445 F2d 607 United States v. Brookins L

445 F.2d 607

UNITED STATES of America, Plaintiff-Appellee,
Edward BROOKINS and Jessie L. Oliver, Defendants-Appellants.

No. 30847.

United States Court of Appeals, Fifth Circuit.

July 6, 1971.

S. Gunter Toney, Tallahassee, Fla., Toney & Guarisco, Tallahassee, Fla., for defendants-appellants.

William J. Schloth, U. S. Atty., Charles B. Pekor, Jr., Asst. U. S. Atty., Macon, Ga., for plaintiff-appellee.

Before GODBOLD, SIMPSON and CLARK, Circuit Judges.

GODBOLD, Circuit Judge:

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Appellants were convicted by a jury under an indictment in several counts charging nontax-paid liquor offenses arising from a sale by Oliver to an informer, Lena Spencer, on November 13, 1969 (in which transaction Brookins participated) and from a sale by Brookins to Lena Spencer on December 11, 1969. We reverse.


Prior to trial, on three different occasions, appellant Brookins was officially supplied with what purported to be a copy of the indictment returned by the grand jury.1 In two of the copies, in one or more counts, there were erasures or strikeovers by which the month "September" as the date of one or more of the alleged sales had been changed to "December." One of the copies showed as a codefendant Ben Brookins (the son of appellant Brookins), while the indictment under which the defendants were arraigned and tried showed Raymond Smith as codefendant instead of Ben Brookins.


At arraignment, again by pretrial motion, in his opening statement at trial, and by offer of evidence during trial, counsel for appellants raised the issue that the copies of the indictment were relevant to the reliability of the testimony of the informer as to the dates of the two sales transactions and the identity of the participants.


We need not consider any other grounds for admissibility of the copies than that of impeachment by a prior inconsistent statement. Appellants' counsel was correct in his theory if, first, to any material extent the allegations of fact in the copies were inconsistent with any statement made by Spencer at trial, and, second, if the allegations consisted of or in substance represented statements she had made either to the Assistant United States Attorney who drafted the copies or to someone else who in turn communicated them to the Assistant United States Attorney.


As to the first, the copies were inconsistent with Spencer's testimony. She was particularly vague and contradictory about relevant dates. She placed the time of her employment to do undercover work as November 30, 1969, which was after the date charged as that of the first sale. On inquiry by the court she changed that date to September 30 (which date was corroborated by the investigators). However, she testified that she reported to the investigators undercover buys made from Brookins during September, on the 11th or 13th, which was before she was employed and before Brookins was even made known to her. This confusion especially sharpens the significance of the changes in the copies of "September" to "December." Spencer told of numerous efforts to make buys from Brookins between December 1 and 11. The investigators corroborated November 11 and December 13 as correct dates. They did not corroborate her testimony of numerous attempts to make buys during the first half of December.2 The informer identified both Ben Brookins and Raymond Smith as participants in one or both of the sales in which she stated she bought whiskey. Neither her testimony nor that of the investigators shed any light on why Ben Brookins was dropped as a putative defendant and Smith added in his stead.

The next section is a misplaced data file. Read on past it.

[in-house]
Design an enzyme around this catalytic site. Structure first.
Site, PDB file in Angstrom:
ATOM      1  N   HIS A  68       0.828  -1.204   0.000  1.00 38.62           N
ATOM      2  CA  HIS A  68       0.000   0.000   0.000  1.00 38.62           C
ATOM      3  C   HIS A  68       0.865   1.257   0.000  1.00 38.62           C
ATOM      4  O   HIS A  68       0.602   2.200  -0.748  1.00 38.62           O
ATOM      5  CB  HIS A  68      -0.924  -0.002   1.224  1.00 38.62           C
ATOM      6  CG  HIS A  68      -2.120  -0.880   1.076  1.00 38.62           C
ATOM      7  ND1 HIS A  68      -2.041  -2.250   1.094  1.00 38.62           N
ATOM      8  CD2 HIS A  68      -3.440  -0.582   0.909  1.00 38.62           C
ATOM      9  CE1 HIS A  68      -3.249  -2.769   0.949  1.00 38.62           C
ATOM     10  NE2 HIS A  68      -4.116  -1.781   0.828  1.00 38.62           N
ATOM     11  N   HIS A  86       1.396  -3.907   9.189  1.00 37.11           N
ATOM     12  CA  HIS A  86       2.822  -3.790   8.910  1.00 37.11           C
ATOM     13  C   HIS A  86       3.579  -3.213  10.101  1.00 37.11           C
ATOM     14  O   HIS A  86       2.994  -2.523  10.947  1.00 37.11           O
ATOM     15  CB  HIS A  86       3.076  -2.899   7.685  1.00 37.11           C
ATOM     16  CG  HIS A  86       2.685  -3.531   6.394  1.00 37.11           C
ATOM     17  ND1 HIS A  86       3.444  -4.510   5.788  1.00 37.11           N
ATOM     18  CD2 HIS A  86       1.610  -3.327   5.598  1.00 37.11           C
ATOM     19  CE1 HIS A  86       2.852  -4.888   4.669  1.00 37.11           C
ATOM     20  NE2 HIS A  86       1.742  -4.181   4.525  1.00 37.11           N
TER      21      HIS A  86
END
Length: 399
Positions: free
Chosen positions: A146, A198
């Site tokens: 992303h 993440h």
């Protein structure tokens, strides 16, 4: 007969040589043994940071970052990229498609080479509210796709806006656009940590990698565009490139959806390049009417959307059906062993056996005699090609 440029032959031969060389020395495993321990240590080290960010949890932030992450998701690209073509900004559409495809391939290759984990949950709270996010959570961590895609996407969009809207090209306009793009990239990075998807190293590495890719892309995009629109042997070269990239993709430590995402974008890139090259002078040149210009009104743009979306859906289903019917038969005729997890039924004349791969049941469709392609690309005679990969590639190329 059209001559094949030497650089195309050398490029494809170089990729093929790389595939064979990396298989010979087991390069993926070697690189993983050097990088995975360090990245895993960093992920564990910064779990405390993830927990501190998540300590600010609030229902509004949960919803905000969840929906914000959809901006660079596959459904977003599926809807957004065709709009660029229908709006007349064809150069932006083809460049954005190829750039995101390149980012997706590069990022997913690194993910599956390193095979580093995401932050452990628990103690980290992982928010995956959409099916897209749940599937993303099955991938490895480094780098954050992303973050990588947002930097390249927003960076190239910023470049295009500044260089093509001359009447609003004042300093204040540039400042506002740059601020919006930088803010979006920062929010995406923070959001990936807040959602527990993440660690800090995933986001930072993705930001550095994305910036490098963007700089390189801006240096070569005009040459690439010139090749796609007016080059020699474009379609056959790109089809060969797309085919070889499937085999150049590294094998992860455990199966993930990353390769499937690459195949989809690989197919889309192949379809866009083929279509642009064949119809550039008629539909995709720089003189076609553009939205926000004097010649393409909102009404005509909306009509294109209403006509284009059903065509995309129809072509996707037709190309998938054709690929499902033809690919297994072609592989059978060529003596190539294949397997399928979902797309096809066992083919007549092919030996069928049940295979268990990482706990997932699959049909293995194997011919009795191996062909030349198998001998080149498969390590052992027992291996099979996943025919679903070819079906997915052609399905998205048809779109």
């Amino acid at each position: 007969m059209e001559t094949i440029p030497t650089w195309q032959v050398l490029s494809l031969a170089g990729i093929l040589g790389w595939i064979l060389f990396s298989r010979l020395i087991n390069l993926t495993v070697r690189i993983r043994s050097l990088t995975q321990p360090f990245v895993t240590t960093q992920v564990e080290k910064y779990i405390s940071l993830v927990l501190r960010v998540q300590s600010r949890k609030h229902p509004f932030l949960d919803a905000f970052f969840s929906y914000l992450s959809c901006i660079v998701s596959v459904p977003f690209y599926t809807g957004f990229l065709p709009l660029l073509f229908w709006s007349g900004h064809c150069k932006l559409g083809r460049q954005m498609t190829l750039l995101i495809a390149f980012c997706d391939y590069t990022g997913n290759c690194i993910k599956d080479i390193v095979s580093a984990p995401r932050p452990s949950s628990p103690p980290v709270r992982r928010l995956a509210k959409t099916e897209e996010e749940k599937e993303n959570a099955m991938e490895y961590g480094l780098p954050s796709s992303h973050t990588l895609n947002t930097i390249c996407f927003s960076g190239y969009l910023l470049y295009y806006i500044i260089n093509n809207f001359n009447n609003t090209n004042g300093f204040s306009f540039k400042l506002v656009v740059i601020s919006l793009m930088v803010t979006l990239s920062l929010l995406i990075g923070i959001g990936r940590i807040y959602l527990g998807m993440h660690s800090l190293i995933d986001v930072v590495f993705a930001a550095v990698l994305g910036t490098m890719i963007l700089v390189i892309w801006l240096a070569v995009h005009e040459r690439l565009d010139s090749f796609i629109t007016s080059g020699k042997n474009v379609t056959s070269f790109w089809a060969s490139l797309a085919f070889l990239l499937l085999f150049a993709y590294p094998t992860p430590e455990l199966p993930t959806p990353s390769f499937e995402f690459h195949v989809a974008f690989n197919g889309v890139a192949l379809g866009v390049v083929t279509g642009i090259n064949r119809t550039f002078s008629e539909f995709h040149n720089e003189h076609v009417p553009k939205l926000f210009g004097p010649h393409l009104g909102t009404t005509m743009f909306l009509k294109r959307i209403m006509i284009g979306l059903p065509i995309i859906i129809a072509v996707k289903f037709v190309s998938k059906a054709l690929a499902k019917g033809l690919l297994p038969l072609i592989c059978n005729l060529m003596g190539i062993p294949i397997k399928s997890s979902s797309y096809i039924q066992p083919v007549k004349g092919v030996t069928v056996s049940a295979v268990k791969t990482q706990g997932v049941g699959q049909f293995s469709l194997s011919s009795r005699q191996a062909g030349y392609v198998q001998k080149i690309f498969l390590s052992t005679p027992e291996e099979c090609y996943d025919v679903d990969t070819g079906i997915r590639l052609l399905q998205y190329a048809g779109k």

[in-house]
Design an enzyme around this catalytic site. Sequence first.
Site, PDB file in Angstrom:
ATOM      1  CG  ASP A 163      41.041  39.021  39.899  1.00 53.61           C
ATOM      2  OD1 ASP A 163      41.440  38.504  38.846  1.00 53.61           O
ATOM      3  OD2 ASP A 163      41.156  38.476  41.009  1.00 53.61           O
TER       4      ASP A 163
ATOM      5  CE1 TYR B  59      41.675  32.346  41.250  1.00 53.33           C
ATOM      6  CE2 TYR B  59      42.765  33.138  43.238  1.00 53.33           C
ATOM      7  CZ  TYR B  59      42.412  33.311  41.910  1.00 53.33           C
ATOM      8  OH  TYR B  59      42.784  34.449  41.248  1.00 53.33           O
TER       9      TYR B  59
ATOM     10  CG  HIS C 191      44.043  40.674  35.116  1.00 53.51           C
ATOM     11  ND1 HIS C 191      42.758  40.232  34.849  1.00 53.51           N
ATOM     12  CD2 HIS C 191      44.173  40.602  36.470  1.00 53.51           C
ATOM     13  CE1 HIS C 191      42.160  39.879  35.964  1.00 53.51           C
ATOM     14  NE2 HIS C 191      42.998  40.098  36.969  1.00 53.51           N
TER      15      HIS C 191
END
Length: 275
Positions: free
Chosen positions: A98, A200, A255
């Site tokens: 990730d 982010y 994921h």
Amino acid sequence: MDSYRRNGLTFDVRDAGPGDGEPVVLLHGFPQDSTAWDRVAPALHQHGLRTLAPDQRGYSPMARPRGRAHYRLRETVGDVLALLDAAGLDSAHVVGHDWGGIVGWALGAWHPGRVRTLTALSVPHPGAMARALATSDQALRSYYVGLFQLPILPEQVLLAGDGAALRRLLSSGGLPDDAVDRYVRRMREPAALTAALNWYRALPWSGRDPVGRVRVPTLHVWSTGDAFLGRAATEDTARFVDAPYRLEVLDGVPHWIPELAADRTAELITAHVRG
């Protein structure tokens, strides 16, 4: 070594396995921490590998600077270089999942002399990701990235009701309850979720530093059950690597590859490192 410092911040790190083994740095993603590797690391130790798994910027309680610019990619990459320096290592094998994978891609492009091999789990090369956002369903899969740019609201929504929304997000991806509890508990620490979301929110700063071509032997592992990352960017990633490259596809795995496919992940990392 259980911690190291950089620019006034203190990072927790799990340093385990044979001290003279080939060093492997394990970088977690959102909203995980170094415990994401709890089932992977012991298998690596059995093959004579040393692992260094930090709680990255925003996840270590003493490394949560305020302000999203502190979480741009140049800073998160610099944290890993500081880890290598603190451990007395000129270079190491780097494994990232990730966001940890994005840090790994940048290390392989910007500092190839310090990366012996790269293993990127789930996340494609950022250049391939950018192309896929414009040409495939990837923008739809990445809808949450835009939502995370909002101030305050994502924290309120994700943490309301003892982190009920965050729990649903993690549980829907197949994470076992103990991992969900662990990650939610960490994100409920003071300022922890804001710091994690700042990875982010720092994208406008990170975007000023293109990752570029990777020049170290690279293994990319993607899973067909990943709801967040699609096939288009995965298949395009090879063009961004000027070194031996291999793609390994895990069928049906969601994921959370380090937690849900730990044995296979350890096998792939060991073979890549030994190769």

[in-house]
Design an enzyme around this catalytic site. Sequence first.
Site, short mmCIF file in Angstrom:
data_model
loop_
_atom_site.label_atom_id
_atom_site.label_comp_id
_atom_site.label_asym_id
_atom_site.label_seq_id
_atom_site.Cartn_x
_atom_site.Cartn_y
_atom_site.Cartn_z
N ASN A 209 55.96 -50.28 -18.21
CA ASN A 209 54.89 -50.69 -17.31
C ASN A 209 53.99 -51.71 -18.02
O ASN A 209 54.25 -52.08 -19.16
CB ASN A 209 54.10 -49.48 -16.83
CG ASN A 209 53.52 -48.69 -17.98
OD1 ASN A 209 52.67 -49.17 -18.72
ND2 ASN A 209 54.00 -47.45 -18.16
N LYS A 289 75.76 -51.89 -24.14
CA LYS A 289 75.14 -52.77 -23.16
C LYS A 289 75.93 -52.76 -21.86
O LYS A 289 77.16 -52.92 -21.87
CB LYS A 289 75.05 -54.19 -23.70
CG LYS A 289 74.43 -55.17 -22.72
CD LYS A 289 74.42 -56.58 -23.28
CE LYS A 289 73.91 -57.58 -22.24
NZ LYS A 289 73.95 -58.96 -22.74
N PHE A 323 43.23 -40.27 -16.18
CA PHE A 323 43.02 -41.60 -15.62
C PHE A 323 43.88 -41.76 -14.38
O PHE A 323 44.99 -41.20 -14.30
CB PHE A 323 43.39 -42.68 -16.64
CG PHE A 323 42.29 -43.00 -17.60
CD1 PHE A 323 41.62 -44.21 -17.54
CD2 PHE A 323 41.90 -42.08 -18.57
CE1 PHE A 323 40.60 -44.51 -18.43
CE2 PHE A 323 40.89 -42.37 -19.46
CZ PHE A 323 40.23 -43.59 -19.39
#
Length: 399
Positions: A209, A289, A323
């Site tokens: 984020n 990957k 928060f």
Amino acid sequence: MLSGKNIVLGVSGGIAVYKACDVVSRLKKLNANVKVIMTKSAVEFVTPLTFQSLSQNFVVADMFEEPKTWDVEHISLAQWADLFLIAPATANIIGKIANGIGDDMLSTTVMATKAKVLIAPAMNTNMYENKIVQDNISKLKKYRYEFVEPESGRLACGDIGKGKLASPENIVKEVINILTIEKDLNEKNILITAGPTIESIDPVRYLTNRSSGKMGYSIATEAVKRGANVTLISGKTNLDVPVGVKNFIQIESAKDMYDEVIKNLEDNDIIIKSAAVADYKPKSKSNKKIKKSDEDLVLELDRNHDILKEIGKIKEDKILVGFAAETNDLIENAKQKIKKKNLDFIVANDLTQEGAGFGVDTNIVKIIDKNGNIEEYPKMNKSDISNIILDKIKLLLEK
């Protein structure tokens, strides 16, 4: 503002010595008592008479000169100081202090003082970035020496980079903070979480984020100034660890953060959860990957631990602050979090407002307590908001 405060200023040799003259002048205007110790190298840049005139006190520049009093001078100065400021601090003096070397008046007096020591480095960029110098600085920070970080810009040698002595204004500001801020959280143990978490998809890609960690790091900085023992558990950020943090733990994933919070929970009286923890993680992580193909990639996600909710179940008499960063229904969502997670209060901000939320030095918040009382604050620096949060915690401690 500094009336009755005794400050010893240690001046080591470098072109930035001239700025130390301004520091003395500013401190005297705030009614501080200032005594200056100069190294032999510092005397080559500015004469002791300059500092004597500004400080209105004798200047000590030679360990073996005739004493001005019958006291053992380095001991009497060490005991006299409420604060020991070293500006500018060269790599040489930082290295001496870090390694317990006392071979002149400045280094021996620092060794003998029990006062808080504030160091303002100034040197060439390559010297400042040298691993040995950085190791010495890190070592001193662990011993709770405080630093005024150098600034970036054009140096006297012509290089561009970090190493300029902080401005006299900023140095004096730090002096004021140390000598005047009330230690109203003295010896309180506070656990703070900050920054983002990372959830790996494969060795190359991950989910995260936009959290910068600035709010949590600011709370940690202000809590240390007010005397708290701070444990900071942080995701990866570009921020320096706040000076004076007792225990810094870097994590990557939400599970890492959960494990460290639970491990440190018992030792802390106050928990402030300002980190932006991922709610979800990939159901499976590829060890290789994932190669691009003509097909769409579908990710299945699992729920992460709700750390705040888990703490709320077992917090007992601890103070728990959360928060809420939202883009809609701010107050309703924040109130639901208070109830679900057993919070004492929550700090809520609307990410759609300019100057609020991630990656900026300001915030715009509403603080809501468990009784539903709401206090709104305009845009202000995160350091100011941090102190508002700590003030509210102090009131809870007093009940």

Defense counsel directed his theory toward the expected — and actual — testimony of the informer. However, the copies also became admissible for impeachment of the investigators if, and to the extent, that the copies consisted of or represented statements made by them to the Assistant United States Attorney. If effect is given to the September date appearing on the copies before they were changed, they were inconsistent with testimony given by the investigators at the trial. Also it was shown that Spencer did not testify before the grand jury. Therefore, it may be inferred that one or more of the investigators did so, relating either what was known to such witness personally or had been related to him by some other of the investigators or by the informer. Thus, a further possible inconsistency appeared.


To decide the question of admissibility it was necessary to determine whether, and to what extent, the copies — and the alterations made in them — reflected statements made to the Assistant United States Attorney who drafted the copies, by Spencer or by one or more investigators. It does not matter that the statements represent a third party's transcription or recollection of a prior statement, Howard v. United States, 108 U. S.App.D.C. 38, 278 F.2d 872 (1960) (commissioner's synopsis of government agent's testimony at a preliminary hearing); Clifton v. United States, 224 F.2d 329 (4th Cir. 1955) (testimony by a government agent as to a prior inconsistent statement made by a witness admitted, even though it was otherwise hearsay); Palm v. New York, N.H. & H.R. Co., 200 F.2d 67 (2d Cir. 1952) (statement by an adverse witness taken by the impeaching party's agent and a court stenographer in question and answer form, and not signed by the witness); Kesmarki v. Kisling, 400 F.2d 97 (6th Cir. 1968) (answers to interrogatories in an unrelated law suit which were neither verified nor signed by the adverse party, so long as the answers represented the response of the adverse party. Since the party had testified that these answers were not reflections of her own statements, they were held inadmissible).